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I have a model that does binary classification. I train the same model many times, say, 20 times. In these 20 training runs:

  1. roughly 10% of the training attempts learn fast and the model performs well (e.g., reaching 95% AUC) in a few epochs.
  2. roughly 80% of the training attempts do not learn at all (i.e., getting stuck at 50% AUC) after 100 epochs.
  3. A few training runs are in between, meaning that they get stuck at 50% AUC for many epochs but after a while they learn as fast as the models in the first scenario.

My guess is that perhaps somehow the loss function has a very sharp downward spike like this: the loss function with a very sharp downward spike

So it needs some "luck" for the optimizer and initial weights to be "just right" to find it.

My questions are:

1. Is this (i.e., only a few training runs give us good result while the rest of them do not improve the model at all) common in the industry?

If the answer is yes, I can think of the following:

  • Tune the learning rate (which is I am currently trying, I reduced the learning rate, so that hopefully the optimizer will not "miss" the trough)
  • Try different optimizers, SGD/Adam/RMSprop
  • Try some initialization techniques (Xavier Glorot? I didn't explore much in this regard yet)

2. Is there any other thing I can do to improve this?

EDIT1 For the sake of completeness of the question, a simplified version of the model is pasted here:

model = keras.Sequential([     
    layers.Conv2D(filters=64, kernel_size=(3, 3), activation='relu'),
    layers.Conv2D(filters=64, kernel_size=(3, 3), activation='relu'),
    layers.MaxPooling2D(pool_size=(2, 2),strides=(2, 2)),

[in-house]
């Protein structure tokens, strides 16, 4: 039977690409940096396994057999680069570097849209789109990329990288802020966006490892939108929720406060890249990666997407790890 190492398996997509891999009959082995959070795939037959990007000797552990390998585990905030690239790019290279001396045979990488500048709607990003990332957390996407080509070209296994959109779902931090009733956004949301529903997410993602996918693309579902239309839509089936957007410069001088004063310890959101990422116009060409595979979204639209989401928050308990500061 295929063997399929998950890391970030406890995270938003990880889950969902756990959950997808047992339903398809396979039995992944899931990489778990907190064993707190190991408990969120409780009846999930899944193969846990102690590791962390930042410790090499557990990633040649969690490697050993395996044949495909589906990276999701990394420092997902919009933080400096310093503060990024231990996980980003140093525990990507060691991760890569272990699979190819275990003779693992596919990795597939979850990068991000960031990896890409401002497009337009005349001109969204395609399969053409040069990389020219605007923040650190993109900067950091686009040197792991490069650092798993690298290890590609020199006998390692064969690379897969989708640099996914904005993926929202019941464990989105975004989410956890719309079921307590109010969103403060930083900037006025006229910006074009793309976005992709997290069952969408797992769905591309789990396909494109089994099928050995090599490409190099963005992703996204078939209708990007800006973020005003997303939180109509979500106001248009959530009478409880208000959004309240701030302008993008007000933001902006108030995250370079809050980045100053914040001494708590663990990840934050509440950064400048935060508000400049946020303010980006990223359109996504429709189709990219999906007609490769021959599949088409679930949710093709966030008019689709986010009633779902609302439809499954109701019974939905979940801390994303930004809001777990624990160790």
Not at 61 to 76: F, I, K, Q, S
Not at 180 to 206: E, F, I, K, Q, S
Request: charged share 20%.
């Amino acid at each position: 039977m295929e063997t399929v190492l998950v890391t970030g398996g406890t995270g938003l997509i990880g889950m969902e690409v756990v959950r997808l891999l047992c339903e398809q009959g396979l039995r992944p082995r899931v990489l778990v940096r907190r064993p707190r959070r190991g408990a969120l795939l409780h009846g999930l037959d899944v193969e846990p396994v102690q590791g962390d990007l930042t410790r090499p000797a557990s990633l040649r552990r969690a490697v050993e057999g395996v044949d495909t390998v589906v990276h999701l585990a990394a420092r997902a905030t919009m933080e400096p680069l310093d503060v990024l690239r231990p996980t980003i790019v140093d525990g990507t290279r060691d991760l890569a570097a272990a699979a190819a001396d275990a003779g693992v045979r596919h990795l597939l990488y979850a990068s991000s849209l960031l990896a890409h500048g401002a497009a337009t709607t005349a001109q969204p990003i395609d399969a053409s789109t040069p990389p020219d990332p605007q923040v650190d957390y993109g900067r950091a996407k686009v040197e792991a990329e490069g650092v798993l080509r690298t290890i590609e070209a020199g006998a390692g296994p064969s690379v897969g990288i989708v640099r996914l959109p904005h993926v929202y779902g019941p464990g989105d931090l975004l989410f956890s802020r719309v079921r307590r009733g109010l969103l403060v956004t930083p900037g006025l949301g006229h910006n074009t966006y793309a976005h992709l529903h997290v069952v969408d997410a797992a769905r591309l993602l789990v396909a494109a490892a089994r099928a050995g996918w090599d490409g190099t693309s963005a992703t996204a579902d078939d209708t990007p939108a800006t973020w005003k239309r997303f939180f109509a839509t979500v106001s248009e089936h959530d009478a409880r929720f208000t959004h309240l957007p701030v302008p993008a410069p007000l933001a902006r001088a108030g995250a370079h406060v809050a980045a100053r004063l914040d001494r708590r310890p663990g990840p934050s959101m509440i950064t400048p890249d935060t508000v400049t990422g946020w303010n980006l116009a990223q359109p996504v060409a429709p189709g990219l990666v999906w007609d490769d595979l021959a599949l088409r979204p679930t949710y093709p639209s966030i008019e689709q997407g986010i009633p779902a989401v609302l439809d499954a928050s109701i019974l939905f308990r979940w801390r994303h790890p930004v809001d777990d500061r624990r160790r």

layers.Flatten(),

    layers.Dense(4096, activation='relu'),
    layers.Dense(1, activation='sigmoid')
])


model.build((None,) + input_shape)

optimizer = keras.optimizers.Adam(learning_rate=5e-5)
#optimizer = keras.optimizers.SGD(learning_rate=1.0e-3, nesterov=True)
model.compile(
    optimizer=optimizer,
    loss=tf.keras.losses.BinaryCrossentropy(),
    metrics=[tf.keras.metrics.AUC() , tf.keras.metrics.AUC(curve='PR')]
)
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You are probably right that such inconstant behavior indicates that you result greatly depends on how lucky you are with the starting random weights.

You probably need to find the right number for learning rate and the number of epochs.

You can try a learning rate finder in order to find the optimal learning rate automatically.

Also, you did not specify what optimizer you are currently using, but I would suggest you try binary cross entropy since you are doing a binary classification.

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    $\begingroup$ Hi @Silver Light, I added a simplified version of my model to the question. On learning rate finder, I will take a closer look. On the loss function, I am using binary cross-entropy already. $\endgroup$ May 23, 2023 at 11:43

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